<< Week of November 12 >>

Sunday, November 12, 2017

Forced into Genocide

Lecture | November 12 | 1-3 p.m. |  St. Vartan Armenian Apostolic Church

 +650 Spruce Street, Oakland, CA 94610

 Adrienne G. Alexanian, Educator and daughter of Yervant Alexanian

 Institute of Slavic, East European, and Eurasian Studies (ISEEES), Armenian Studies Program, AGBU-Silicon Valley, AGBU-YPNC, St. Vartan Cultural Committee

Forced into Genocide is the riveting memoir of Yervant Edward Alexanian: an eye-witness to the massacre and dislocation of his family and countrymen in Ottoman Turkey during World War I. Incredibly, Alexanian experienced the Armenian Genocide as a conscript in the Turkish army. His memoir is a one-of-a-kind "insider's account," documenting the Genocide's astonishing cruelty, but also its...   More >

Monday, November 13, 2017

Salim v. Mitchell and Jessen: Legal Accountability for Torture in US Courts

Lecture | November 13 | 12:45-2 p.m. | Boalt Hall, School of Law, Warren Room, 295 Boalt Hall

 Paul Hoffman, Schonbrun Seplow Harris & Hoffman LLP

 Miller Institute for Global Challenges and the Law

This lecture has been cancelled due to illness. We hope to reschedule for January 2018.

Towards Knowledge-Based Decision Support System using Propositional Analysis and Rhetorical Structure Theory

Lecture | November 13 | 4:10-5 p.m. | 107 South Hall

 Cláudio Gottschalg-Duque, University of Brasilia

 Information, School of

The project's leading objective is to develop a natural language interface for knowledge-based decision support system (KBDSS) using rhetorical structure theory (RST) and propositional analysis. KBDSS is a system that provides specialized expertise (problem-solving) stored as facts, rules, procedures, or in similar structures that can be directly accessed by the user. The idea is to develop an...   More >

Devin Griffiths: The Ecology of Form

Lecture | November 13 | 5-7 p.m. | 300 Wheeler Hall

 Devin Griffiths, Assistant Professor of English, University of Southern California

 Department of English

Based on Professor Griffiths's new book project, this talk is sponsored by the 19th Century and Beyond British Cultural Studies working group and the Florence Bixby Chair.

"Antifa: The History and Theory of Anti-Fascism”

Lecture | November 13 | 5-7 p.m. | 3335 Dwinelle Hall

 Mark Bray, Dartmouth College

 Department of Spanish & Portuguese

MARK BRAY is a historian of human rights, terrorism, and political radicalism in Modern Europe who was one of the organizers of Occupy Wall Street. He is the author of Antifa: The Anti-Fascist Handbook and Translating Anarchy: The Anarchism of Occupy Wall Street. His work has appeared in the Washington Post, Foreign Policy, Critical Quarterly, ROAR Magazine, and numerous edited volumes. He is...   More >

What is history?: the life and times of water hyacinth

Lecture | November 13 | 5-6:30 p.m. | Doe Library, Morrison Reading Room

 Anna L. Tsing, Professor of Anthropology, UCSC Department of Anthropology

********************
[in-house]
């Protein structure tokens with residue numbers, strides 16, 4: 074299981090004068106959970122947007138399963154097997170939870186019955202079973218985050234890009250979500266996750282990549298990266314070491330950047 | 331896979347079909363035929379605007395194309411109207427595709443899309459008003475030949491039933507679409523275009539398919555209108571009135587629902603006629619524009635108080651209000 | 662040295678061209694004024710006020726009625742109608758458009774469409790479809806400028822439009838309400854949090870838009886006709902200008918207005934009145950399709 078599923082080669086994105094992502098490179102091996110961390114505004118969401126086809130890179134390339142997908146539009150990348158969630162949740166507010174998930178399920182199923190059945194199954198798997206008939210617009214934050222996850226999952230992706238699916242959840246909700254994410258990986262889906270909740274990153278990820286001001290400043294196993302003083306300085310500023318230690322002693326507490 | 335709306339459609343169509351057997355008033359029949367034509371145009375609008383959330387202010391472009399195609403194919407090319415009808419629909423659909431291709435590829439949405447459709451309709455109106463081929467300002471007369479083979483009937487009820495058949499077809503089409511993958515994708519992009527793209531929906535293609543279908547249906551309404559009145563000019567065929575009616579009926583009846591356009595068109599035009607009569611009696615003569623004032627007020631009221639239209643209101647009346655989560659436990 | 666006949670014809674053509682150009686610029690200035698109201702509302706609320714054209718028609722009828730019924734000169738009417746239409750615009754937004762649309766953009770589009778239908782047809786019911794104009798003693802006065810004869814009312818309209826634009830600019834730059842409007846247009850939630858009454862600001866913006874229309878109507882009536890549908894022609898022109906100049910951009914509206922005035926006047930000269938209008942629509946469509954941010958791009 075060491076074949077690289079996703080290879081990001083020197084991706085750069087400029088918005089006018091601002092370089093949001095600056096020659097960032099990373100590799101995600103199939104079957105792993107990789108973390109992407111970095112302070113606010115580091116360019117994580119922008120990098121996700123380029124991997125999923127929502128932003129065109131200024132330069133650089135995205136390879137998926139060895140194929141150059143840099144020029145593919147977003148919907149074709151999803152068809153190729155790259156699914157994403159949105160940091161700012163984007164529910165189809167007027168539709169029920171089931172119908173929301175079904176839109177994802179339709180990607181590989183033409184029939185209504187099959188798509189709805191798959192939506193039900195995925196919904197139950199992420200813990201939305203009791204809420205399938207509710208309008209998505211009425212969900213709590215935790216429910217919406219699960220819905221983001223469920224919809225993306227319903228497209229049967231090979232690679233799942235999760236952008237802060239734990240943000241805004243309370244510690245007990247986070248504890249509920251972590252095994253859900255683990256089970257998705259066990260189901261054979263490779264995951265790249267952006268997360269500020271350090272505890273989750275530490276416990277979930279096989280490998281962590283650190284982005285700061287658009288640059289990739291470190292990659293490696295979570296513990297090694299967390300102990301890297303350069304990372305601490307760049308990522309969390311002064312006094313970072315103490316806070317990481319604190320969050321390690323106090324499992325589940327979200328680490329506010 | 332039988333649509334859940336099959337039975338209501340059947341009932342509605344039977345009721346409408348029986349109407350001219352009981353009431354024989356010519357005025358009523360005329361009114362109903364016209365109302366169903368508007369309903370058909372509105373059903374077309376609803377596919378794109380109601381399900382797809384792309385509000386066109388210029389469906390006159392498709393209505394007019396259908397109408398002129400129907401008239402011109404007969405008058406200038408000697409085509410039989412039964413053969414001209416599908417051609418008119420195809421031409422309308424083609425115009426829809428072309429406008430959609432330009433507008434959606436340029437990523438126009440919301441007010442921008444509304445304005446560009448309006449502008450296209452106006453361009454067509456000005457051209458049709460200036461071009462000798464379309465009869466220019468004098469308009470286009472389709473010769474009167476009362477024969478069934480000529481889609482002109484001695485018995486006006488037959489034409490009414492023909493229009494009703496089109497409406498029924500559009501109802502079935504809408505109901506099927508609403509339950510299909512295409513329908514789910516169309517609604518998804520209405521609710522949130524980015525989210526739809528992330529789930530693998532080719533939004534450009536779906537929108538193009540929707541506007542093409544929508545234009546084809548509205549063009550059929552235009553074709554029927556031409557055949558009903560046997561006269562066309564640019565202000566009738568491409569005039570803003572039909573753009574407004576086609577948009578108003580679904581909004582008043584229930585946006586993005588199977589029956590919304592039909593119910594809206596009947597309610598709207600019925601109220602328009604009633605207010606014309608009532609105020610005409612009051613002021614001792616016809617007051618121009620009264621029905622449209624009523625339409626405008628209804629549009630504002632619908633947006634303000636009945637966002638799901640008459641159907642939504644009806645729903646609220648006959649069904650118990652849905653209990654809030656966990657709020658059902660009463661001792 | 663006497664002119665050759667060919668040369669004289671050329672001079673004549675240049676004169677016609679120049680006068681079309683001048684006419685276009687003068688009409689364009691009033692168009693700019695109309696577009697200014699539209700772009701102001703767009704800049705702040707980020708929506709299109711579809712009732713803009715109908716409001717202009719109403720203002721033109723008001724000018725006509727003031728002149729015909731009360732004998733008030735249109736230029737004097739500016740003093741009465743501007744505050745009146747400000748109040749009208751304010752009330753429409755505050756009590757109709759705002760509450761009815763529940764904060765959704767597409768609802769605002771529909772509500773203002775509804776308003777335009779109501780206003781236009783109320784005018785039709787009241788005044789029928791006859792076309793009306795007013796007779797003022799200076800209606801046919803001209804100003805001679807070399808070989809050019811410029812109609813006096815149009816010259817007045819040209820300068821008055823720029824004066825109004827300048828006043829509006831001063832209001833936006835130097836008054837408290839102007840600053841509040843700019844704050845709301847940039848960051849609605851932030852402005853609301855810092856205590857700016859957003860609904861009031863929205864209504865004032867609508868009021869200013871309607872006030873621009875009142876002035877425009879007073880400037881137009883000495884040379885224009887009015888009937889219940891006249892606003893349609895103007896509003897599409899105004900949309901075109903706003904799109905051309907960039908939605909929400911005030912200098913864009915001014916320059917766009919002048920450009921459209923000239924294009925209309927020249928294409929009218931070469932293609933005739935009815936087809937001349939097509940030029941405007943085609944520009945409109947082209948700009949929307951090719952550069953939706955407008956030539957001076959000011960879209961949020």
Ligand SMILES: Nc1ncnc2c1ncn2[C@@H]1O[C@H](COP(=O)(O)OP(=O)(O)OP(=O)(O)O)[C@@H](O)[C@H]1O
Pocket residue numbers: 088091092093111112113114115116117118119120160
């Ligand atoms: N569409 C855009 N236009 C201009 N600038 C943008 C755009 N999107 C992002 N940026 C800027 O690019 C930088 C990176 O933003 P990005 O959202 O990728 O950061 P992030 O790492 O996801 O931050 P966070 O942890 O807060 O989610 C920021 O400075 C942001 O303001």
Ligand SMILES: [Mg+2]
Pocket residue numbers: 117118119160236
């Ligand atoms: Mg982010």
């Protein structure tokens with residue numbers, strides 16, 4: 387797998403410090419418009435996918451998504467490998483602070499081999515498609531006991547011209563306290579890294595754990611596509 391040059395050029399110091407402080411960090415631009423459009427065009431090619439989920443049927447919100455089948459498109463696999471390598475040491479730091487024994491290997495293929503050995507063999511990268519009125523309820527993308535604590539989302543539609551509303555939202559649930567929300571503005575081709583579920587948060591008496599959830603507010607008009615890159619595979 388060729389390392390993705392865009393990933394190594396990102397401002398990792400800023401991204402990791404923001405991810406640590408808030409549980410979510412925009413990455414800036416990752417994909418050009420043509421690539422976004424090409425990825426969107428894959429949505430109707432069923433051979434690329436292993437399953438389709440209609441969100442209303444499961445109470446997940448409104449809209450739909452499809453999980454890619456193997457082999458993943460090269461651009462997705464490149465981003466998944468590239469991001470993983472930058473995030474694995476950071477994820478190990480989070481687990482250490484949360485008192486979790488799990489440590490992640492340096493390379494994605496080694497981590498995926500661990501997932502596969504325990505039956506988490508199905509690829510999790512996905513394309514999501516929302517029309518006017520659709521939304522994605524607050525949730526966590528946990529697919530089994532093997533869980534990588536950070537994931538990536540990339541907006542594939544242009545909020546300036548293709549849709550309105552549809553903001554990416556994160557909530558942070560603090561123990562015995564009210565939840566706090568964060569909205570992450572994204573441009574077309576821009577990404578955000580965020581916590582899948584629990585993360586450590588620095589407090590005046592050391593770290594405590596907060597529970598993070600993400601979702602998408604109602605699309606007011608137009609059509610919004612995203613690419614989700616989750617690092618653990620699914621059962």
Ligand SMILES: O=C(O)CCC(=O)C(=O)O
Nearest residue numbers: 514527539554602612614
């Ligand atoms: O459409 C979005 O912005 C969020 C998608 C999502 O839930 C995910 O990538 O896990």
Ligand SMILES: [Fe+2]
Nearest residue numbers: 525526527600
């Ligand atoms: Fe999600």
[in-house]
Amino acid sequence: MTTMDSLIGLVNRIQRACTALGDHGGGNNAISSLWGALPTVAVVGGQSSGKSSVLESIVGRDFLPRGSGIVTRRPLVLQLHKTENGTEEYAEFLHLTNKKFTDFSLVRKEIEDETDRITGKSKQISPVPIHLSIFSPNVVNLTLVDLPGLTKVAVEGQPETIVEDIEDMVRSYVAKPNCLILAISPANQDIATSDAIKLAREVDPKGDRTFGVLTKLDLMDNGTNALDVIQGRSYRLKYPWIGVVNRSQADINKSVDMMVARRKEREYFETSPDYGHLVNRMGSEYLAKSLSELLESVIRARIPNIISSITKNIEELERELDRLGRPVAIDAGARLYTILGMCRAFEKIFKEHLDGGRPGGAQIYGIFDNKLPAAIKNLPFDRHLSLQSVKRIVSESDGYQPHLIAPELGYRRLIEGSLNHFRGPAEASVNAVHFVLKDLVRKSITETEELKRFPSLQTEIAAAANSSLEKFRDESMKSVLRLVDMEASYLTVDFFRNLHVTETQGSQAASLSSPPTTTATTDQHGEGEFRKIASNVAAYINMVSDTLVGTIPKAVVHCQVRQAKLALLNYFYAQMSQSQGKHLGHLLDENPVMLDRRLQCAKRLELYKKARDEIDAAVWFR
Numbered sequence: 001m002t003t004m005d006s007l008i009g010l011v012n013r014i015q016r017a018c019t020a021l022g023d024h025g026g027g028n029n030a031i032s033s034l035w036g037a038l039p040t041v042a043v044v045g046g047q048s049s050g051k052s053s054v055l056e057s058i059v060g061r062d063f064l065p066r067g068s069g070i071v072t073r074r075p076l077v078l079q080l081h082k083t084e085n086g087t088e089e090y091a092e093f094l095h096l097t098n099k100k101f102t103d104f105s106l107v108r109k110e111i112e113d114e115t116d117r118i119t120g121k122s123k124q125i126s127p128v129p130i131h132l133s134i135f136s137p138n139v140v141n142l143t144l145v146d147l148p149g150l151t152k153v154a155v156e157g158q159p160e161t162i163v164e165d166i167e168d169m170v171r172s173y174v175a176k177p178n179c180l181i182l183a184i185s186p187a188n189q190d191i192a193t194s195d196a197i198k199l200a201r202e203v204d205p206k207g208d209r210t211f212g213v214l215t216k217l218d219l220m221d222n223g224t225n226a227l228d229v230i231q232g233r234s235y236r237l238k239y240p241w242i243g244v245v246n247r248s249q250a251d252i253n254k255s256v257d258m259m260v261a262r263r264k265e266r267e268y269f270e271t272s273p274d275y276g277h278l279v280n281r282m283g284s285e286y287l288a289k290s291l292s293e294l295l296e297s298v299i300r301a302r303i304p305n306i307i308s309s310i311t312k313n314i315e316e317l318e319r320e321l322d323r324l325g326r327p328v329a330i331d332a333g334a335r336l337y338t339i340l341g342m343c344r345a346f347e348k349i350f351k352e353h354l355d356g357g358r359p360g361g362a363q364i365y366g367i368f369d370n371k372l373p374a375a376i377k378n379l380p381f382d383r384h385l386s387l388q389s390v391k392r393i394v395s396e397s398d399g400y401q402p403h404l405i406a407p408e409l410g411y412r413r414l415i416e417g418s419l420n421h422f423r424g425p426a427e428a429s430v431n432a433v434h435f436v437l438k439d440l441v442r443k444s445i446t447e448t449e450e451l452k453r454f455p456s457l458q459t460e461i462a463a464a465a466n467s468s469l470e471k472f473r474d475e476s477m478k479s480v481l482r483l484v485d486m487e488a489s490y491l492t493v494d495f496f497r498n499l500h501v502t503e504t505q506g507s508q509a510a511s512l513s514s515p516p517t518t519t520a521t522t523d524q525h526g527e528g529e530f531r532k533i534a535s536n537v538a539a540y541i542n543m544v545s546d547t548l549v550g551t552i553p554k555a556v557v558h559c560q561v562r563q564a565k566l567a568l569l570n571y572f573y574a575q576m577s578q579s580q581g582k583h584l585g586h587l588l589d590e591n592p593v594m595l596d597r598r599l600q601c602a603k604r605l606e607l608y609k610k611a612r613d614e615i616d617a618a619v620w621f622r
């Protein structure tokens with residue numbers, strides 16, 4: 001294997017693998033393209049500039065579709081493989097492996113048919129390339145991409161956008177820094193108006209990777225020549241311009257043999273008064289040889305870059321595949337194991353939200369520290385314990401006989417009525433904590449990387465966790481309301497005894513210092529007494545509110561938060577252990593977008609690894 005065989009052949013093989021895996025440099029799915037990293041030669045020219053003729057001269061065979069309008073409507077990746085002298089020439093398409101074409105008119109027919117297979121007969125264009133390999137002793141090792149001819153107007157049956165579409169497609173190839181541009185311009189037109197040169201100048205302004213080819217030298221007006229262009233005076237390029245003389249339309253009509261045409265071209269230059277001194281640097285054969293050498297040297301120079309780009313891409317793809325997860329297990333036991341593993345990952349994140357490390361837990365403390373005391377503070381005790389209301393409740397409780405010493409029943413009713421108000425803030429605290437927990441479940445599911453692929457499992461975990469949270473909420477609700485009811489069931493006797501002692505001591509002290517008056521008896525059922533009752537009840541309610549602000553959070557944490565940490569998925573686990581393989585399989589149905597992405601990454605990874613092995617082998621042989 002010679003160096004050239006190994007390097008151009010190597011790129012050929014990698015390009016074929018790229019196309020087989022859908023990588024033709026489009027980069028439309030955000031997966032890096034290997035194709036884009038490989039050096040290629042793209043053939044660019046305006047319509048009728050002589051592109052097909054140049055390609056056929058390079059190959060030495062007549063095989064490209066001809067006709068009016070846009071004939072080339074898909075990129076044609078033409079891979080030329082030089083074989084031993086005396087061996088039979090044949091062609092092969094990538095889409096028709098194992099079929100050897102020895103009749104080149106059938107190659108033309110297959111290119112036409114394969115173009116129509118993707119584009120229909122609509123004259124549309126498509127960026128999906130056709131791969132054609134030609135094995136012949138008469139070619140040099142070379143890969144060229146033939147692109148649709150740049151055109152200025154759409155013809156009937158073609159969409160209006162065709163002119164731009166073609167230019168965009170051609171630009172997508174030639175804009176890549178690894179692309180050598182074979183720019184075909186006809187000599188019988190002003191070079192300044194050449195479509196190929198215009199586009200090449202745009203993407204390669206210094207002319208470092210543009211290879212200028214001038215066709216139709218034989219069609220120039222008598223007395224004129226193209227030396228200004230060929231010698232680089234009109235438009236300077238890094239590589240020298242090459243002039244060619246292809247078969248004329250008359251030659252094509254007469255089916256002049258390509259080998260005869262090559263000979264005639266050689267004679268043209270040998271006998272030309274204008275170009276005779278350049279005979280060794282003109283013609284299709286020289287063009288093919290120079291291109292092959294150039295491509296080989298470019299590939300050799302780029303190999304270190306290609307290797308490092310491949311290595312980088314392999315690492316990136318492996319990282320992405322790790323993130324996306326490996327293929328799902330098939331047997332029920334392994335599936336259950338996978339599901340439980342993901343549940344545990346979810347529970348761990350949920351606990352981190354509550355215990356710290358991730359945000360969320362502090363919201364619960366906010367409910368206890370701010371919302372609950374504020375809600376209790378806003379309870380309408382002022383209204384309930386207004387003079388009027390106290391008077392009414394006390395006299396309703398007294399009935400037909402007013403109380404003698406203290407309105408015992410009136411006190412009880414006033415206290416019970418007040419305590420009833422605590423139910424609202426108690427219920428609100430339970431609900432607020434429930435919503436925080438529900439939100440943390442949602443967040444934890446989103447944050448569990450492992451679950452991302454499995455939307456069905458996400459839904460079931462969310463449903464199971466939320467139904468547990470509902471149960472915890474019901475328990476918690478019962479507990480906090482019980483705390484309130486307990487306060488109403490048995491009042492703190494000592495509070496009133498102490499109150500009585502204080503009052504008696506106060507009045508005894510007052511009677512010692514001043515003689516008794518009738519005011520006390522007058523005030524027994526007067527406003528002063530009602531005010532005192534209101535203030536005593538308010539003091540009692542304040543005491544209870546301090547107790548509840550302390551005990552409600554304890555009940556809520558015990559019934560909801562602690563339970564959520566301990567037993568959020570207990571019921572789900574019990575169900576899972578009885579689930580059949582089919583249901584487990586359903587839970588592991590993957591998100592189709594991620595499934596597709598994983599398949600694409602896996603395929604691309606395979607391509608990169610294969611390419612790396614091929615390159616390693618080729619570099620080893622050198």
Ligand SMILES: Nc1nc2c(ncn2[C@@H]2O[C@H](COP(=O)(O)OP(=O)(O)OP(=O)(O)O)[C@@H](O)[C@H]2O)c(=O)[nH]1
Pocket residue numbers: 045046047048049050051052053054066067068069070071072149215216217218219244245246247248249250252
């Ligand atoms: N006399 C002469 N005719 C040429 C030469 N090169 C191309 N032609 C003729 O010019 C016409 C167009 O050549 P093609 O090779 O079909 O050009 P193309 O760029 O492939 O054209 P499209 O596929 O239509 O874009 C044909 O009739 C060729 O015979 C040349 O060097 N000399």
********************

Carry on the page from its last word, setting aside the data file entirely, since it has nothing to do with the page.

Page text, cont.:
Department of Anthropology

2017 Distinguished Lecture: Anna L. Tsing

Re-Assemblage (Theory, Practice, Form): Arts + Design Mondays at BAMPFA

Lecture | November 13 | 6:30-8 p.m. |  Berkeley Art Museum and Pacific Film Archive

 Bill Brown, Deputy Provost for the Arts and Karla Scherer Distinguished Service Professor in American Culture, University of Chicago

 Arts + Design

Brown excavates relations between assemblage theory in the social sciences and assemblage practice, focusing on the ways that assembly (in the visual, plastic, and discursive arts) can complicate and clarify the theoretical conversation. He assembles the work of Robert Rauschenberg, William Burroughs, Noah Purifoy, Theaster Gates, Rina Banerjee, and Tan Lin into a conversation that is newly...   More >

Tuesday, November 14, 2017

America's Next War and How to Prevent It

Lecture | November 14 | 2-3:30 p.m. | 223 Moses Hall

 Dr. Paul Stares, Council on Foreign Relations

 Institute of International Studies

Paul B. Stares is the General John W. Vessey Senior Fellow for Conflict Prevention and director of the Center for Preventive Action at the Council on Foreign Relations. The author or editor of nine books on U.S. security policy and international relations as well as a regular commentator on current affairs, Dr. Stares has worked at leading think tanks and universities in the United States,...   More >

The Troubled Waters of Transformation: Shipyard Labor in East Central Europe from Late to Post Socialism

Lecture | November 14 | 4-5:30 p.m. | 270 Stephens Hall

 Ulf Brunnbauer, Director, Leibniz Institute for East and Southeast European Studies, University of Regensburg

 Institute of Slavic, East European, and Eurasian Studies (ISEEES), Institute of European Studies

Practitioners of East European labor history are at risk of falling into deep depression. Under state-socialism, industrial workers were apparently let down by regimes that claimed to rule in their name. After the end of communist rule, many workers experienced large-scale dispossession because of deindustrialization and the emerging hegemony of neo-liberalism. In my talk, which is based on the...   More >

Causal Inference in the Age of Big Data: Berkeley Distinguished Lectures in Data Science

Lecture | November 14 | 4:10-5 p.m. | 190 Doe Library

 Jas Sekhon, Professor of Political Science & Statistics

 Berkeley Institute for Data Science

Creative Solutions for Social Innovation: A View from Africa

Lecture | November 14 | 5-7 p.m. | Haas School of Business, Wells Fargo Room

 Center for African Studies, Center for Social Sector Leadership

Join us for a panel discussion and networking on Creative Solutions for Social Innovation: A View from Africa with three award-winning technology entrepreneurs who are driving social change and impact in Africa. The entrepreneurs, who are recipients of the King Baudouin African Development Prize, will share their innovative solutions to improve the lives of local communities through access to...   More >


  Register online

Wednesday, November 15, 2017